USM students receive school supplies through the “Blessings in a Backpack” program

While going through the COVID-19 pandemic, officials at the University of Southern Mississippi noticed that a particular demographic on campus – international students – appear to be having the most financial hardship because of the virus.

In light of this, three organizations – the USM Association of Office Professionals, the Sigma Alpha Lambda Honor Society, and the USM Staff Council – have teamed up to launch the Blessings in a Backpack program. Through this initiative, members of the university and the community are encouraged to drop off donations of school supplies at selected sites; the backpacks will then be filled with supplies and delivered to international students.

“We saw that they were the most affected, in terms of food insecurity, as well as lack of money for spending,” said Jennifer Lewis, who is part of the three aforementioned organizations. “They can only work on campus, and all the countries they come from are basically countries that are very dependent on tourism.

“As a result, their parents are experiencing economic downturns and have not been able to help them as much as they usually would.”

The following items are required for the reader and will be accepted until August 20: notebooks, binders, blue books, bullet journals, highlighters, index cards, loose sheets, markers, pencils, pens, reusable masks, small dry-erase boards, files transparencies, umbrellas and wet wipes.

Collection boxes for these items can be found at Asbury Hall in Freshens, Cook Library in Starbucks, McLemore Hall in Career Services, Subway in the RC Union, and The Fresh Food Company. Backpacks will be delivered after the collection deadline.

“It’s a little slow so far because a lot of people aren’t on campus yet,” Lewis said. “People from the community have contacted me, so that’s what is driving things right now.

“We try to get their items before everything goes. Otherwise, as organizations, we’ll pull together all we can to make sure they have enough for what they need. ”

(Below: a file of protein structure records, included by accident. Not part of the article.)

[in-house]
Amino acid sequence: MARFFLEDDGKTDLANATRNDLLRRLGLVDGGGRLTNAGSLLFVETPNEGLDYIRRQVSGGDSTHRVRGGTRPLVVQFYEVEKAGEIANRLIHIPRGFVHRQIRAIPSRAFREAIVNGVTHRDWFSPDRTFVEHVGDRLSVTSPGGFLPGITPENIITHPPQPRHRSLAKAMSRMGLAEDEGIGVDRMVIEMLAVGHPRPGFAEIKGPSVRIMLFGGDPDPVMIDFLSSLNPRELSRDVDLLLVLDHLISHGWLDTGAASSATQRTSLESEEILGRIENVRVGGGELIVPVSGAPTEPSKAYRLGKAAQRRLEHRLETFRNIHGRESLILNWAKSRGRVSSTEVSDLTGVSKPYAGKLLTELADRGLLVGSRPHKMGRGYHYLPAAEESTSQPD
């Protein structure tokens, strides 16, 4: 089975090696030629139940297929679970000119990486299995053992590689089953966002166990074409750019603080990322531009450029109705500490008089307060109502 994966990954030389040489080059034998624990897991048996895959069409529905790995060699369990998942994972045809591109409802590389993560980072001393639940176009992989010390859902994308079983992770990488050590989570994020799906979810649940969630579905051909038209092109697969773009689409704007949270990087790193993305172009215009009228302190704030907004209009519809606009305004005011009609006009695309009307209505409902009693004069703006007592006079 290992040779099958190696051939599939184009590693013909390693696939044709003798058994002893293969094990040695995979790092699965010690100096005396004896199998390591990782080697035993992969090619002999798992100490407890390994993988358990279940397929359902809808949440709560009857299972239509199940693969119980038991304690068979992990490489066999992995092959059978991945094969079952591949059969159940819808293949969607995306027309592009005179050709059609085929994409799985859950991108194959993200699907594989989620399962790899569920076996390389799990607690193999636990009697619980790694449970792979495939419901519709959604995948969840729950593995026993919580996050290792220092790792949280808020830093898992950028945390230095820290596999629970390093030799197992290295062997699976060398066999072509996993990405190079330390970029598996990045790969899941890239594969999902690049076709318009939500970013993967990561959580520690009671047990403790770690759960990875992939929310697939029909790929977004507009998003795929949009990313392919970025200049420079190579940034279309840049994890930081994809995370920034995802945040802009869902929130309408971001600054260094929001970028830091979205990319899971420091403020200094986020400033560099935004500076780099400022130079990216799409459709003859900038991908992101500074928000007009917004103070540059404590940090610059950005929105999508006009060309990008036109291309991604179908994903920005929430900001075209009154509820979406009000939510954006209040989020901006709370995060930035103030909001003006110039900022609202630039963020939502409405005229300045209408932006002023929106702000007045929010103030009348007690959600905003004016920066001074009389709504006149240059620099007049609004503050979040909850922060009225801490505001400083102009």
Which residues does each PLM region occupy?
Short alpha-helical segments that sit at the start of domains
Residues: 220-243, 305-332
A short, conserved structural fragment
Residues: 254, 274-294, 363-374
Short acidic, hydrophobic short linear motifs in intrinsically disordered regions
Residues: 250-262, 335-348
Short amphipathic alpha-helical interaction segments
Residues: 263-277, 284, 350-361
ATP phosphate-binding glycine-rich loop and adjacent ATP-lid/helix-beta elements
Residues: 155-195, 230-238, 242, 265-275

Despite the somewhat slow supply of donations, Lewis has already heard from students who are enthusiastic and grateful to benefit from the program.

“I met one of the students the other day in the parking lot on the way back from the lab, and he said ‘thank you very much’ so they’re pretty excited,” Lewis said. “I also brought in a doctoral student who told me the same thing and (to make sure) that her name was on the list.

“We have partnered up with the Wesley Foundation for (deliveries) and will likely contact them shortly for this. ”

Although this is the first time for “Blessings in a Backpack,” similar efforts have been held in the past, including “Homebake for the Holidays” for Thanksgiving and Christmas and a study kit in the spring.

“These were excellent,” Lewis said. “We had about 40 people for Thanksgiving and Christmas, and for Thanksgiving we were actually able to donate an entire meal to a group of students who were going to eat together.

“Then we distributed around 20 kits to students to prepare them for exams. ”

And because there is always a need somewhere on campus, Lewis and his peers are already eager to welcome more readers for the students.

“We have people who arrive quite late so they don’t have the time or the transportation to get there and take all the things and pack their backpacks,” Lewis said. “Some of them arrive at the start of the school year, so it will help them too. ”

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